These current tensions – coupled with the firm rhetoric emanating from Jerusalem – lead many to judge that a pre-emptive Israeli strike on Iran is not just possible but inevitable. Israel is, of course, right to feel threatened; Ahmadinejad has made no secret of his desire to rid the world of Israel entirely, nor has he given any indication that the UN, US and EU sanctions that are having such a detrimental effect on the Iranian economy will deter him from enriching vast amounts of uranium with a view to producing nuclear warheads. What makes the situation particularly significant is that Israel only has a small window of opportunity in which to halt Iran’s steady march towards nuclear supremacy.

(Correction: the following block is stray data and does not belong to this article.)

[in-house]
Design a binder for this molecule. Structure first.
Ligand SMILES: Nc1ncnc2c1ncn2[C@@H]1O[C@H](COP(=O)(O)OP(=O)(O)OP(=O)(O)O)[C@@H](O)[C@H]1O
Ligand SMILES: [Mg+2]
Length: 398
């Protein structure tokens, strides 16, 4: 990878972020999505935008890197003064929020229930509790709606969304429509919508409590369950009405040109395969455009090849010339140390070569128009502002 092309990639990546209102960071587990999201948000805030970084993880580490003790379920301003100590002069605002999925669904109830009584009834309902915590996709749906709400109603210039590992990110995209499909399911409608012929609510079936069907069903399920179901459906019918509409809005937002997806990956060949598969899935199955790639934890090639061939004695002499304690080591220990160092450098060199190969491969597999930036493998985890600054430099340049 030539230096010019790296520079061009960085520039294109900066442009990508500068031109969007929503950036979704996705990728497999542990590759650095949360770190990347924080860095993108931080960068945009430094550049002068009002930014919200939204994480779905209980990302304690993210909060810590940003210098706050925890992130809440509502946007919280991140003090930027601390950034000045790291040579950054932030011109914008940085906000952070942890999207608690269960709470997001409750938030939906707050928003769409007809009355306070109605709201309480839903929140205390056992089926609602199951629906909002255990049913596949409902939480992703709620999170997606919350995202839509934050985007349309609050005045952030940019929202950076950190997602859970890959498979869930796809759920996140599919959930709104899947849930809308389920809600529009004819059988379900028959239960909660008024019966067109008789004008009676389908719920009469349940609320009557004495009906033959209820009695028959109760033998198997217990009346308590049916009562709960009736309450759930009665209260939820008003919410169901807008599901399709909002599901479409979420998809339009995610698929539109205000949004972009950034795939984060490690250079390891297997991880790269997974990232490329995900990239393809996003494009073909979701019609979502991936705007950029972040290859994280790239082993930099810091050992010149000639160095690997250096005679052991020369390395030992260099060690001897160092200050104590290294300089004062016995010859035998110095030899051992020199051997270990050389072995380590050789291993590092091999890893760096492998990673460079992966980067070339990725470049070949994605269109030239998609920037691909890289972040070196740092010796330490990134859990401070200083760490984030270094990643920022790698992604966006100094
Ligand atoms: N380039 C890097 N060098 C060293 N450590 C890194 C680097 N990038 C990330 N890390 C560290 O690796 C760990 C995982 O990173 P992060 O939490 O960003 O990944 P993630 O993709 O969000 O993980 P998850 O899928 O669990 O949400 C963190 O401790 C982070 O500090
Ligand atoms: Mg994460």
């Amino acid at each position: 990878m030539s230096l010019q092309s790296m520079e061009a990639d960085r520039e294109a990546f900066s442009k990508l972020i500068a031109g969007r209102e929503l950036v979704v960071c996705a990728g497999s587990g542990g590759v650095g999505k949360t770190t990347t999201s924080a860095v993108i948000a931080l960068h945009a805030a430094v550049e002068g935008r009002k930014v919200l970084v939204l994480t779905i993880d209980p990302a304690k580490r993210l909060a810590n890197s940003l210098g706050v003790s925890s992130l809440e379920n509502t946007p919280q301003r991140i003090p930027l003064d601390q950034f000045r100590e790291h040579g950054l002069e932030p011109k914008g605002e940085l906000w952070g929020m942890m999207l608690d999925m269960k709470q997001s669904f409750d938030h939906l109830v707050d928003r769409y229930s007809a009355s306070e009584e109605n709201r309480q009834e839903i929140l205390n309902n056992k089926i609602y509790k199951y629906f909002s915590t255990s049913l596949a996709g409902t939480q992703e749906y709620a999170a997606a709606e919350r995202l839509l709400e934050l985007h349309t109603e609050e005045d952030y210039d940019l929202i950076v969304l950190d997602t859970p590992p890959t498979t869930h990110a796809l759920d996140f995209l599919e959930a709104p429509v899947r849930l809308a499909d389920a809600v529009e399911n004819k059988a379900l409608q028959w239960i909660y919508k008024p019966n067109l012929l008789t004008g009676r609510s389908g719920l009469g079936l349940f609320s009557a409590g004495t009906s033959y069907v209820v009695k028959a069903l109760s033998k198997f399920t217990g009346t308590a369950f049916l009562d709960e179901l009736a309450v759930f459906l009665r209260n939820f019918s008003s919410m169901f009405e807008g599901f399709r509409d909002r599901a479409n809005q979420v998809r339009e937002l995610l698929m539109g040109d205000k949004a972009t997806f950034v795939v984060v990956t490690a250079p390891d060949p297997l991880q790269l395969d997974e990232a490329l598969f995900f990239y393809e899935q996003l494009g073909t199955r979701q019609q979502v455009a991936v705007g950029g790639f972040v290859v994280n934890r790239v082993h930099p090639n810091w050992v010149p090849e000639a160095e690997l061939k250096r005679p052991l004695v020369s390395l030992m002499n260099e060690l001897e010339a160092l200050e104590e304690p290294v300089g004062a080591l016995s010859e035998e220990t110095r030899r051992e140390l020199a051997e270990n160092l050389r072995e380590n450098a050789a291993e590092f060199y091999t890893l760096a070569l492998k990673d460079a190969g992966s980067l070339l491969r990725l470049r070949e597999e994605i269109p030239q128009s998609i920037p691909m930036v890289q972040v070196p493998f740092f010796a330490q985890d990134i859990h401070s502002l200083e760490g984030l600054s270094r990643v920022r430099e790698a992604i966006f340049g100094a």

How viable is a unilateral Israeli attack? This is a useful question to consider, and one that is often neglected by analysts. History demonstrates that such action does not necessarily lead to war. In 1981 Israel launched Operation Opera, a strategic mission through which the Israeli military bombed an Iraqi nuclear reactor which was purportedly intended to be used for the peaceful production of nuclear energy, evoking not only the fury of Saddam Hussein but admonition from the United Nations Security Council. In 2007, Israel turned its attention to the embryonic nuclear capabilities of Syria by targeting a nuclear reactor – mostly manned by North Koreans – in the Deir ez-Zor region of the country in a mission known as Operation Orchard. Working on the basis of US intelligence, the Israelis justified the attack as a necessary strategic step to ensure its safety. Crucially, though, in both instances Israeli pre-emption passed without retaliation.